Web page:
A group of species that consists of a common ancestor and all of its evolutionary descendants is called a

    answer choices

    population

    lineage

    clade

    taxon

  • Question 6
    30 seconds
    Q.

    Which group of species represents a clade?

    answer choices

    A, B, D, and E

    B, C, and D

    C and E

    D, C and E

  • Question 7
    30 seconds
    Q.

    Which diagram conveys phylogenetic information that differs from the others?

    answer choices

    Tree 1

    Tree 2

    Tree 3

    Tree 4

  • Question 8
    30 seconds
    Q.

    What statement is consistent with this phylogenetic tree?

    answer choices

    Lampreys and lizards do not have a common ancestor.

    Perch and crocodiles have the same common ancestor as chimpanzees and lampreys.

    Pigeons and mice belong to sister clades.

    Salamanders and mice cannot be grouped in the same clade.

  • Question 9
    30 seconds
    Q.

    Biologists would use a phylogenetic tree to

    answer choices

    date a fossil

    compare developmental stages within a species

    classify a newly-discovered species

    predict effects of environmental change on an organism's life span

  • Question 10
    30 seconds
    Q.

    Any features shared by two species and inherited from a common ancestor are said to be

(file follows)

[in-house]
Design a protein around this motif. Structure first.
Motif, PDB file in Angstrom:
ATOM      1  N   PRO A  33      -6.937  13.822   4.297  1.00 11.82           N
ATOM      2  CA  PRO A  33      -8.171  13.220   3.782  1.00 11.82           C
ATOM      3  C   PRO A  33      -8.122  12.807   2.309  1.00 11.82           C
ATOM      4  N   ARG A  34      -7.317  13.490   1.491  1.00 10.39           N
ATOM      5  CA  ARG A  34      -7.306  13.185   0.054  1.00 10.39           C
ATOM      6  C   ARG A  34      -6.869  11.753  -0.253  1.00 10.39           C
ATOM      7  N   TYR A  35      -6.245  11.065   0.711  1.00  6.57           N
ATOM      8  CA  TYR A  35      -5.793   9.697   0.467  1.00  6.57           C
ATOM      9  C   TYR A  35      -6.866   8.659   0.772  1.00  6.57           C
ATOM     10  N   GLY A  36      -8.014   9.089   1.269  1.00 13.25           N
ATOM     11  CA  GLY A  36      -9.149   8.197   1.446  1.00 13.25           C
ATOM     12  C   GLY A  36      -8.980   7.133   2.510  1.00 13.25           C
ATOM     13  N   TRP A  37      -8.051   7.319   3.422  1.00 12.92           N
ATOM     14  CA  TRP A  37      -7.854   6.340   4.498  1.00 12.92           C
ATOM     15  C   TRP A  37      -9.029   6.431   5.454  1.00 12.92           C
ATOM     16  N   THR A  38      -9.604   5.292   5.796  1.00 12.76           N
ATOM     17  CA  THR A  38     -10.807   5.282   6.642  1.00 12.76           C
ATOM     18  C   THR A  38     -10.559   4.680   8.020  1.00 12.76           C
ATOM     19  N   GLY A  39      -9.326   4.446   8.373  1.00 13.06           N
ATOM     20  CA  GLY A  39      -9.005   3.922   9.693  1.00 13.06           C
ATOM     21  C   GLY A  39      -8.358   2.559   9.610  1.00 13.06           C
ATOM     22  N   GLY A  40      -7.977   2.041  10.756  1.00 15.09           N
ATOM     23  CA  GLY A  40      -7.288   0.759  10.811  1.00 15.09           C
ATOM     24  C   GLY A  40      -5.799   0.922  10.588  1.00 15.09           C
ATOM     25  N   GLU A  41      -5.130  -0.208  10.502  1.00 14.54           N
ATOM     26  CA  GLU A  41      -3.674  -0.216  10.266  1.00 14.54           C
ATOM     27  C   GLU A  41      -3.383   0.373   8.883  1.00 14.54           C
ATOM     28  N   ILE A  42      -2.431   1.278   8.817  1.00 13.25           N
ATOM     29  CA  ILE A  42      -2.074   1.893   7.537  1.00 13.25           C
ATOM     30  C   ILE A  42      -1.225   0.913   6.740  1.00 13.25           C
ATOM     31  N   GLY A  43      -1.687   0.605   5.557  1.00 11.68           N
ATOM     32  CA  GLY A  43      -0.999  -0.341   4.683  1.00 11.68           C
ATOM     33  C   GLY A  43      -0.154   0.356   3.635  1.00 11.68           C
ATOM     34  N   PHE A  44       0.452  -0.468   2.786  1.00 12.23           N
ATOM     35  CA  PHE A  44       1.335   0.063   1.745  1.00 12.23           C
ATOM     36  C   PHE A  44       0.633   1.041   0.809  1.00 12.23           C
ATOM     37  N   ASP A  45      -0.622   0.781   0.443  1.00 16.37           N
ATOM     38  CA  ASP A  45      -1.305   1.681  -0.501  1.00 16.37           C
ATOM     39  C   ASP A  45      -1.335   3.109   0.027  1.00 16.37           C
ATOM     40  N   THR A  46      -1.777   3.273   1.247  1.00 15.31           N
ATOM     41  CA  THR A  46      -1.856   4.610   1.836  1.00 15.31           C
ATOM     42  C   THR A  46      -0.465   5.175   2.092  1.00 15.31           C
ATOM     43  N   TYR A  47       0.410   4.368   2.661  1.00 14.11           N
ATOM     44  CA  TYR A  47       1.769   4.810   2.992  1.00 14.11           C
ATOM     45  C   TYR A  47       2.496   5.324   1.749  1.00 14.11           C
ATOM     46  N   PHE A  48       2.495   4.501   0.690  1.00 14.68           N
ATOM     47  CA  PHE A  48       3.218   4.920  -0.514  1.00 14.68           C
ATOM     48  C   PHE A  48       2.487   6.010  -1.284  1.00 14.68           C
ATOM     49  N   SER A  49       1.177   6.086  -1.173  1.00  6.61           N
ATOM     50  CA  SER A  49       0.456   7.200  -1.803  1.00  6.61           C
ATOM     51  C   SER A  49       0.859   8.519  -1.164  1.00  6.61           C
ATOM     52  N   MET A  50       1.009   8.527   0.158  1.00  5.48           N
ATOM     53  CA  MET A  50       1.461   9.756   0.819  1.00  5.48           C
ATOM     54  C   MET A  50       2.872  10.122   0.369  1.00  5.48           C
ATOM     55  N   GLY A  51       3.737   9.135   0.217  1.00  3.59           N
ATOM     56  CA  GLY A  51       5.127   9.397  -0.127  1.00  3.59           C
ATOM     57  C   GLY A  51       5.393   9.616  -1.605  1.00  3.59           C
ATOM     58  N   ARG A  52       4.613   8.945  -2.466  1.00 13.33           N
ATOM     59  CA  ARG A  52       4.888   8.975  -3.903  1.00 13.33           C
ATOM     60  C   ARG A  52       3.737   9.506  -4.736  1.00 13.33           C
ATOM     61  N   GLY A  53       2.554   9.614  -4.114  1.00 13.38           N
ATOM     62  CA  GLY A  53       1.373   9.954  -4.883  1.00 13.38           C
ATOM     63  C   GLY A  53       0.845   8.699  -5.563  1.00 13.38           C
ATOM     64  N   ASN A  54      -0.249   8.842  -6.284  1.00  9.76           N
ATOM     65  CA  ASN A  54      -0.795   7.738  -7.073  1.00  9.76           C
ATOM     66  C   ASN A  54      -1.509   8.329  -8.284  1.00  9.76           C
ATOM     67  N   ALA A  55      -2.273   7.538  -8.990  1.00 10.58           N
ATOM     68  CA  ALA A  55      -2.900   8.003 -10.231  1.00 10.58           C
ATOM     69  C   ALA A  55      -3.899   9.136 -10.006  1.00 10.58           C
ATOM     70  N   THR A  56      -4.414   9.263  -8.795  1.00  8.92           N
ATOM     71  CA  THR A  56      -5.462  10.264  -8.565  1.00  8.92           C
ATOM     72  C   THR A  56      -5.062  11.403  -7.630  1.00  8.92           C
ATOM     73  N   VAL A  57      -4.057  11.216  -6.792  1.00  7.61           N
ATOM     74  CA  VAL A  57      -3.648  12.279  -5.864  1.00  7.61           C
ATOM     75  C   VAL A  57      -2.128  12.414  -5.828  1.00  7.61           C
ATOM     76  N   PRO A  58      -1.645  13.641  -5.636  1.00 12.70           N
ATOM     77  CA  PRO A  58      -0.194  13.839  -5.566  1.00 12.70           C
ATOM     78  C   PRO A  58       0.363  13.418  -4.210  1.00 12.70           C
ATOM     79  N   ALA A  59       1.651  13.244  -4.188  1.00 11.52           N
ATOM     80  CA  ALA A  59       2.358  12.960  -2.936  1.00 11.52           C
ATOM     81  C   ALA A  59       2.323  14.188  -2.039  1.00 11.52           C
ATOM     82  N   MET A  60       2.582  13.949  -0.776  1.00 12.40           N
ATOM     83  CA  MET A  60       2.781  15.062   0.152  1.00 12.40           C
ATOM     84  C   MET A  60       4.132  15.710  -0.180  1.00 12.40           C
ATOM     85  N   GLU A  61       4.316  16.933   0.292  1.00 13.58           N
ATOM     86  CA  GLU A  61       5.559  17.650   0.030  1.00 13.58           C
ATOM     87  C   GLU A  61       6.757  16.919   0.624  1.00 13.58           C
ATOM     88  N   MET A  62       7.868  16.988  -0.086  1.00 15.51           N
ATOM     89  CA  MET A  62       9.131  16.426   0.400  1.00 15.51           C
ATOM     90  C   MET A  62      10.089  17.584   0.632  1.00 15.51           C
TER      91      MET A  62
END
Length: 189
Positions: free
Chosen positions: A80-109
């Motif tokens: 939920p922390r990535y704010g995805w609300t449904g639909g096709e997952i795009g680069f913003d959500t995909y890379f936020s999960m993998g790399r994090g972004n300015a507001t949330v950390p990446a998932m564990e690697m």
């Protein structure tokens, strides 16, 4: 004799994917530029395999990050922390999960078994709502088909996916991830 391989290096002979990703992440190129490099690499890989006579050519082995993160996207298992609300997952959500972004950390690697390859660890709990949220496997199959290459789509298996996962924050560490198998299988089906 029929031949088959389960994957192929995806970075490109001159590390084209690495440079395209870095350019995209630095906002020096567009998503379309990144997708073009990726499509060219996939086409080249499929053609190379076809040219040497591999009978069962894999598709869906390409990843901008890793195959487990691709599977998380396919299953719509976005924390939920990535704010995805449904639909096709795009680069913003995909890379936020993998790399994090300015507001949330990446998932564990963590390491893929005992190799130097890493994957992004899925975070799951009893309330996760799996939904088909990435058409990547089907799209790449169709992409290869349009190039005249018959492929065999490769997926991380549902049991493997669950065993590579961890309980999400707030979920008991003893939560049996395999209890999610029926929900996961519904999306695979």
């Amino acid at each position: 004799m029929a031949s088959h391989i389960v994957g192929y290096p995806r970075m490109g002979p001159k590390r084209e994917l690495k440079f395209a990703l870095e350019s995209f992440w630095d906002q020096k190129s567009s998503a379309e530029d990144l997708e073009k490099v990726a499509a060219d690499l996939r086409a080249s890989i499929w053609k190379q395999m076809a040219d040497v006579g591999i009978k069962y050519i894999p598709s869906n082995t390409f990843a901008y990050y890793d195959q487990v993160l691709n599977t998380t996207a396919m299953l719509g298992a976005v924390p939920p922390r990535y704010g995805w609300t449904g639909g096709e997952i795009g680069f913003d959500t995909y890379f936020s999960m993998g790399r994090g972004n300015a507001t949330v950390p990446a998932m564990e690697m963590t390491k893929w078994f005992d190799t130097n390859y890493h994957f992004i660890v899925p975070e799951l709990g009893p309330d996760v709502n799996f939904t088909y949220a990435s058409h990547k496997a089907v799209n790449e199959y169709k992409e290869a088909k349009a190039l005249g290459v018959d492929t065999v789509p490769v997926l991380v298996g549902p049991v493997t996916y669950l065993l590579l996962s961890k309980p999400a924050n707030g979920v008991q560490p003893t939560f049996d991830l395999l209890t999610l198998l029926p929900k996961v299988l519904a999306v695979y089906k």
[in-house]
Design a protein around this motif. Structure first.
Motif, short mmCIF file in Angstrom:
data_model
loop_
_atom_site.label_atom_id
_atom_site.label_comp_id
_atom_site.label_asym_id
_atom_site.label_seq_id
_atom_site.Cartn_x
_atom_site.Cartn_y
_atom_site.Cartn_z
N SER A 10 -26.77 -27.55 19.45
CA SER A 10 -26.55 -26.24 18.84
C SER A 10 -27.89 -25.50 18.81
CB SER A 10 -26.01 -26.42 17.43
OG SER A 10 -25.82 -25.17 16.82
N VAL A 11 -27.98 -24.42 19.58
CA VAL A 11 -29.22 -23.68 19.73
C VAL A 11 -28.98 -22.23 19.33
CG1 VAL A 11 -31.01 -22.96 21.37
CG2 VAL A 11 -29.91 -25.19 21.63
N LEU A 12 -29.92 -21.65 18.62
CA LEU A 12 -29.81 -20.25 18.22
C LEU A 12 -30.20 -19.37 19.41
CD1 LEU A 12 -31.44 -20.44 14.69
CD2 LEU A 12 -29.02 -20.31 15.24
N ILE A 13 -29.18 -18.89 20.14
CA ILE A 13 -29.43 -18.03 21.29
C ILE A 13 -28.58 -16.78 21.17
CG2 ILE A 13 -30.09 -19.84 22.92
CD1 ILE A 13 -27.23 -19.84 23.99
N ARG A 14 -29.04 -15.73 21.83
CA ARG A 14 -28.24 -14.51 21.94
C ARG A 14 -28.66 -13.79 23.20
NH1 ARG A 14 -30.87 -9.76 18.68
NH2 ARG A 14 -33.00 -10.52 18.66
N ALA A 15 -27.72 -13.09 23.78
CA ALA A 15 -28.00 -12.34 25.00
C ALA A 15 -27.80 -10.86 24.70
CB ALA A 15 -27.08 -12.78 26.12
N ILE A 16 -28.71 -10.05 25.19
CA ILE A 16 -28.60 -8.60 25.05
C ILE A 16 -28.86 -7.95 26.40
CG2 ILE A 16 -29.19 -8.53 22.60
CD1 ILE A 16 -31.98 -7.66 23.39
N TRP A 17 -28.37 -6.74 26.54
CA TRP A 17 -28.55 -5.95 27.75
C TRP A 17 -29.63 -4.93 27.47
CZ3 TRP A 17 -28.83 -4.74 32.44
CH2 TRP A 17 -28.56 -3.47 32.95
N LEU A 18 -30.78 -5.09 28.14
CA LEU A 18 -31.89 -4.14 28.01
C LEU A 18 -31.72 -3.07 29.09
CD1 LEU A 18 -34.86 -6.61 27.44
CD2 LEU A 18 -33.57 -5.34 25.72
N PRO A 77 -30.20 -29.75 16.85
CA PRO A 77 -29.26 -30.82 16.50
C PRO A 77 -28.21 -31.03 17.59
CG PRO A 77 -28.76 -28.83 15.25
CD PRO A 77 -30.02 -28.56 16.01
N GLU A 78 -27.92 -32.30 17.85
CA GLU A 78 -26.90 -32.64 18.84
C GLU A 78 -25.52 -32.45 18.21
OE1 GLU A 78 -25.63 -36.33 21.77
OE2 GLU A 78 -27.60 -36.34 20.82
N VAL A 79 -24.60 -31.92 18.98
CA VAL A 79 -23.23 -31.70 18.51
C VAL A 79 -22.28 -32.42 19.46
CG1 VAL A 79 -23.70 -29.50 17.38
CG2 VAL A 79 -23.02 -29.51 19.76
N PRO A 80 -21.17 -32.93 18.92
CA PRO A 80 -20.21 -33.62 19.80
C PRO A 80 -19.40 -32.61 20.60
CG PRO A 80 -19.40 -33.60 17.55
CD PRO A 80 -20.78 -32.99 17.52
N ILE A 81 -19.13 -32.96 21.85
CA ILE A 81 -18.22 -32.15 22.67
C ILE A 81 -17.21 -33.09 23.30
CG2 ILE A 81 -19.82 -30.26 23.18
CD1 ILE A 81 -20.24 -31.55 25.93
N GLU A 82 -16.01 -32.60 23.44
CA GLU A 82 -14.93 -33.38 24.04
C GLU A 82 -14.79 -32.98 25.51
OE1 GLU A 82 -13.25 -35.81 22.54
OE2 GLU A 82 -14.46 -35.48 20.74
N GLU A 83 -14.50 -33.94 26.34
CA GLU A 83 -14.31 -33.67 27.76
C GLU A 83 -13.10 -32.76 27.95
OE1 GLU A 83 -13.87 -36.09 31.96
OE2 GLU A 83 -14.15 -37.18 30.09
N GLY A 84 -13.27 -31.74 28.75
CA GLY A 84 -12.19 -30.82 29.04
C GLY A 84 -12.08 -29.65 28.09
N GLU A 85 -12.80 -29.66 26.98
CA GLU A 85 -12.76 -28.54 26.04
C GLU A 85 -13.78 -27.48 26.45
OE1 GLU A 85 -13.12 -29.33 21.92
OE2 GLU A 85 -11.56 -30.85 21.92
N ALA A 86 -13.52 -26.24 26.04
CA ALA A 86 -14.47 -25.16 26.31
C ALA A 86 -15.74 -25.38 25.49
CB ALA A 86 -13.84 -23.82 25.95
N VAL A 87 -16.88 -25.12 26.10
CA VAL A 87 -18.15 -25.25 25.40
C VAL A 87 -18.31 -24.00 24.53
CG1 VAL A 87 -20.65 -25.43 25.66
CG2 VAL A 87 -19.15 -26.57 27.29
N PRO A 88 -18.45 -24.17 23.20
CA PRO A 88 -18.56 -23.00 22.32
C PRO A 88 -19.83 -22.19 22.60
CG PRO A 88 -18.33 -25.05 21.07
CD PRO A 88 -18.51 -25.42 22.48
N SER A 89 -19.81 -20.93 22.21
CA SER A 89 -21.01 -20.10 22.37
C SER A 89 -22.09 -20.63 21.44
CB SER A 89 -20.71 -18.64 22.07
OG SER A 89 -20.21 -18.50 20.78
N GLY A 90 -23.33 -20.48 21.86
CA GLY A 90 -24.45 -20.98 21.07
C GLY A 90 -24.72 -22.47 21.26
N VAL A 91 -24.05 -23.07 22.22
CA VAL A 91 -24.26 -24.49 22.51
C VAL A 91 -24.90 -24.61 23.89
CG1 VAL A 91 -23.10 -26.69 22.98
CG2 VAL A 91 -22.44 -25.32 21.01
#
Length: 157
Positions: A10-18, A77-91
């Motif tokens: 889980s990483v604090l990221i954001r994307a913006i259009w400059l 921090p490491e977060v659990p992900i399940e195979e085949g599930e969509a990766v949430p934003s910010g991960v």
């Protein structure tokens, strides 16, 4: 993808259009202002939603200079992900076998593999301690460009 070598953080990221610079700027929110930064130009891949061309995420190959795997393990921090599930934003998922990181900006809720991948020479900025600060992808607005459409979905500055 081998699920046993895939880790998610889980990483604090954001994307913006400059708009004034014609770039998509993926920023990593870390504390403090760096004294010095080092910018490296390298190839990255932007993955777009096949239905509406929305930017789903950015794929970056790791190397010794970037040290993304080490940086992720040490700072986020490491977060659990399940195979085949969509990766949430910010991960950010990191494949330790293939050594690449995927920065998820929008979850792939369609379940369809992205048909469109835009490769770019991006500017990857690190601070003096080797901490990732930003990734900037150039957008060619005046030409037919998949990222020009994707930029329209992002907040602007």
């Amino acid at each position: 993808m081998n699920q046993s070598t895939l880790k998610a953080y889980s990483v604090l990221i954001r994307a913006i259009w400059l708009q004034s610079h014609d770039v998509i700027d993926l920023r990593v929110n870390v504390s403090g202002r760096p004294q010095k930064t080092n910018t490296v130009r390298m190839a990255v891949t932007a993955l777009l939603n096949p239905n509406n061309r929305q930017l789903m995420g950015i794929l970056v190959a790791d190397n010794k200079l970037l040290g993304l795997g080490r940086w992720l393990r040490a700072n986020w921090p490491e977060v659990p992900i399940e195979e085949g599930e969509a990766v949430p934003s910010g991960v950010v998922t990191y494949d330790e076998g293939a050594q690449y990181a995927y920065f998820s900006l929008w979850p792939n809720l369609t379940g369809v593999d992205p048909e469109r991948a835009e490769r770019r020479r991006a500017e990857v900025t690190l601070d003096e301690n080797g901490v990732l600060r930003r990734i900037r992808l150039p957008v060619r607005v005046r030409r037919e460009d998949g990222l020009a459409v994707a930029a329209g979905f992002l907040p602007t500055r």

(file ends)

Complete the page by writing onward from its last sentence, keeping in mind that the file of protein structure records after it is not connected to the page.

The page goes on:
answer choices

    Homologous

    Convergent

    Phylogenetic

    Ancestral

  • Question 11
    30 seconds
    Q.

    A phylogenetic analysis of a group of organisms can

    answer choices

    provide information about when specific traits evolved.

    help pinpoint when a particular genetic mutation occurred.

    allow biologists to make predictions about the relationship between traits and selective pressures.

    identify the sequence of evolutionary change in a particular lineage.

  • Question 12
    30 seconds
    Q.

    Which pair of organisms has the most shared derived traits?

    answer choices

    Cow; whale

    Whale; lizard

    Lizard; hawk

    Horse; cow

  • Question 13
    30 seconds
    Q.

    Similar traits that arise independently in different lineages through convergent evolution are called